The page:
Last weekend I was fortunate enough to be a part of the celebrations for my parents' 50th wedding anniversary.
It was a lot of fun to share in a milestone that I suspect too few will achieve in the decades ahead.
I say that - not through any sense that the importance of marriage is diminished - rather that too few take the ‘until death do us part’ bit seriously.
Marriage seems to be going the way of many other things in our society, oriented around short-term benefits rather than long-term outcomes. I call such an approach transactional rather than relationship-based and we see it everywhere.
In so many aspects of society today, staying power and sticking power seems to be a diminishing commodity. Some would say that’s a good thing as it fosters competitive market forces and stops customers from being taken for granted. That’s true but there is still value in working with others to establish something that offers more than just a one-time benefit.
That means you’ll have some good times and bad times but both are more manageable and enjoyable if you know someone is standing firm with you.
It also gives you a bit of ‘corporate memory’ to inform your future decisions. Just like in a marriage where you learn from the subtle signals from your partner, knowing the history and background can be an invaluable asset.
I notice the same in politics. There are the diminishing number of rusted-on major party supporters and there are a growing number of people looking for the transactional benefit rather than the long-term price.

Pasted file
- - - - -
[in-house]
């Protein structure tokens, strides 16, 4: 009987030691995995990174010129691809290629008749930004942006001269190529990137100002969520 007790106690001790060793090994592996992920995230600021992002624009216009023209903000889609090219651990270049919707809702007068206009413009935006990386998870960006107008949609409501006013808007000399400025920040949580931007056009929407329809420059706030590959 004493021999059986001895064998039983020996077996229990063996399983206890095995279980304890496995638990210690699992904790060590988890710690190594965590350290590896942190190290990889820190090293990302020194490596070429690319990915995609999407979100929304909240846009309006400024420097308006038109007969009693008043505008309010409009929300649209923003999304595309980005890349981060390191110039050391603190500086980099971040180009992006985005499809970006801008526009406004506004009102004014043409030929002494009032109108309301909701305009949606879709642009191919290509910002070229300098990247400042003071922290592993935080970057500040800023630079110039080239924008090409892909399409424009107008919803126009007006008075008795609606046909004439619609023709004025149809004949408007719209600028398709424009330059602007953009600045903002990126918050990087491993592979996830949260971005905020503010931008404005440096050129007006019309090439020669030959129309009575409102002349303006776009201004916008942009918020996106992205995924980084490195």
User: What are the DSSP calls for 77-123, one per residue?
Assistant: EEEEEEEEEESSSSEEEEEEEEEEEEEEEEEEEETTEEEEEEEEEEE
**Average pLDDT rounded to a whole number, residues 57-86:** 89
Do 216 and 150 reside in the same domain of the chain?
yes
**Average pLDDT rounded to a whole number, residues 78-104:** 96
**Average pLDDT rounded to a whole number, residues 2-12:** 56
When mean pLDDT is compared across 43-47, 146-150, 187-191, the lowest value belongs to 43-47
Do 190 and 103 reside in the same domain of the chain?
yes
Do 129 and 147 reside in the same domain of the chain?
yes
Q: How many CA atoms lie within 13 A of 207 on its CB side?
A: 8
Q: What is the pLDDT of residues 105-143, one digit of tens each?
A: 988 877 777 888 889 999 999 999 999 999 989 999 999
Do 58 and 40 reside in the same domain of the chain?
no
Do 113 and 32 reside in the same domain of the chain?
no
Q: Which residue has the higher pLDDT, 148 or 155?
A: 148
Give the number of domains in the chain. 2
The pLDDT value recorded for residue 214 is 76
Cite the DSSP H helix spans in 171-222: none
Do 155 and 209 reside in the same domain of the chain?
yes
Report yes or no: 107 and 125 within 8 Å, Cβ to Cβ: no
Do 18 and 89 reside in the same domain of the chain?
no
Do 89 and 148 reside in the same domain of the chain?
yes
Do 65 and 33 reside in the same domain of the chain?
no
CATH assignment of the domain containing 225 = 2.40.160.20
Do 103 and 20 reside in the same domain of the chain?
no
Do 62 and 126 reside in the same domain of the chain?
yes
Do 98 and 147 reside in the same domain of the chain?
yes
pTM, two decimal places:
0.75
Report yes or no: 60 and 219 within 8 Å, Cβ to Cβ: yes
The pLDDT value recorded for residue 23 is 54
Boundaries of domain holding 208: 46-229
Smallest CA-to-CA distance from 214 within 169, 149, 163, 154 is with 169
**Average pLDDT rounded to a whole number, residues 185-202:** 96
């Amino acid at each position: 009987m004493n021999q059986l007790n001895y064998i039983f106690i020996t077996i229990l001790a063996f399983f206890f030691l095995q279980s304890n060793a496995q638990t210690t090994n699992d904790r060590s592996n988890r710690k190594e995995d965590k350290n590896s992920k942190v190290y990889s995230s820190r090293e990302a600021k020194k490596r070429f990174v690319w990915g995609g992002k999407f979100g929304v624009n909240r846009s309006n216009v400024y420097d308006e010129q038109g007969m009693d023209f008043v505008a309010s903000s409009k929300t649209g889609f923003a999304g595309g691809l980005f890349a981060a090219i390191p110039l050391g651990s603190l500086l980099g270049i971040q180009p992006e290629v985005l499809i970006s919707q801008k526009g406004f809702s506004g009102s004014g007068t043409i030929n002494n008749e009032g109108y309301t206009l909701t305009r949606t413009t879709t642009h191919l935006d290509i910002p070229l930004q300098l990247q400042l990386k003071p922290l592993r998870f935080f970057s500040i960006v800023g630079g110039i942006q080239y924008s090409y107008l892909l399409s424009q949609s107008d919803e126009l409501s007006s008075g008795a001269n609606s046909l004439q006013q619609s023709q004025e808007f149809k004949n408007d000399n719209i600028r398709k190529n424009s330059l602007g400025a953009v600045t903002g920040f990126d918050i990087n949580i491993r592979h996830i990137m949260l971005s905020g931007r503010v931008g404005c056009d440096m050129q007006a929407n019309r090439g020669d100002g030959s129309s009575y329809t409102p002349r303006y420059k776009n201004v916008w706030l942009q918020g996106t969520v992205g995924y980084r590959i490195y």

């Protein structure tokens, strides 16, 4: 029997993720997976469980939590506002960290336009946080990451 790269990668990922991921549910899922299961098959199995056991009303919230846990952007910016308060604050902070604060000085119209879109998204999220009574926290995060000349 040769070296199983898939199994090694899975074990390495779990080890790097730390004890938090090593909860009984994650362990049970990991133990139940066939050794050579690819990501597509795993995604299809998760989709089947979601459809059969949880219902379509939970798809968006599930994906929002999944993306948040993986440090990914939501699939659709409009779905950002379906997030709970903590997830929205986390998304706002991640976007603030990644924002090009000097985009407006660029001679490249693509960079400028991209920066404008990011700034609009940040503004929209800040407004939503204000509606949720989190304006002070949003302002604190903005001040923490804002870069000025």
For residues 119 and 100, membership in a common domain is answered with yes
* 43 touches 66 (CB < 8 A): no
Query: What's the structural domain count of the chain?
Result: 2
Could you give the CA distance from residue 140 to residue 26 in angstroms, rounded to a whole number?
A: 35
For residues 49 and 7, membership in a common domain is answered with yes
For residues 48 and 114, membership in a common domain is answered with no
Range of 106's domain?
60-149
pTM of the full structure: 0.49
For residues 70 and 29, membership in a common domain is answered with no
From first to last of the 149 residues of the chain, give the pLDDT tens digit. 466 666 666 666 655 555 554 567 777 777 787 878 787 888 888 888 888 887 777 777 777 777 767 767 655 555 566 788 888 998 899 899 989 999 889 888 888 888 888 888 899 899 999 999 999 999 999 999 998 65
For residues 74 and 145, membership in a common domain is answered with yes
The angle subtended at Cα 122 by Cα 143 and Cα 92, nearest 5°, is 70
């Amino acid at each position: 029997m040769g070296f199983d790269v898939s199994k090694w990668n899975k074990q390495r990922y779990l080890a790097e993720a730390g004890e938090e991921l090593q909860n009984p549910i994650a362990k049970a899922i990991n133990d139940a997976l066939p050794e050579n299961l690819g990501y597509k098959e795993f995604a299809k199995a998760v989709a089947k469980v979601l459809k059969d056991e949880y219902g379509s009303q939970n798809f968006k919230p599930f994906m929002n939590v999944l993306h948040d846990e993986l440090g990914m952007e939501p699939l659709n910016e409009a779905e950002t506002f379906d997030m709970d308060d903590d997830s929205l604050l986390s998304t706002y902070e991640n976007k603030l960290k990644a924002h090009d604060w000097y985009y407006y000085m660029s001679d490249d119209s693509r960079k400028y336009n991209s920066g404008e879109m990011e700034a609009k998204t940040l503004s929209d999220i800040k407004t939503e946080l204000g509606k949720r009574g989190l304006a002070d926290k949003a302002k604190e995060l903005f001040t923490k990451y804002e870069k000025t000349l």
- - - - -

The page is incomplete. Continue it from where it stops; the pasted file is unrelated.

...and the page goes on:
It’s a case of ‘do this or you lose me’ as a supporter. It happens to every political movement and yet the temptation to oil the squeaky wheel can lead to a loss of principle, identity and reason for being.
That damages political credibility and generally leads to worse political outcomes instead of taking a principled and methodical approach. That’s why the latter is a better way.
We want positive long-term outcomes for our nation and for all Australians.
Sometimes that comes at the price of short-term pain. But just like every participant in a golden wedding anniversary knows, the honeymoon doesn’t last forever and you cannot put off some pain forever. Trying to do so just compounds the problem. Eventually, you have to deal with the stark reality of life.
For our government, it means we have to deal with the intergenerational debt problem, the declining educational outcomes, the wasteful bureaucratic approach that is choking opportunity with red and green tape, and so much more.
We can’t pretend to still be enjoying the honeymoon of decades past. We need to now work towards keeping our economy, our society and our culture together.
Happy Anniversary Mum and Dad.
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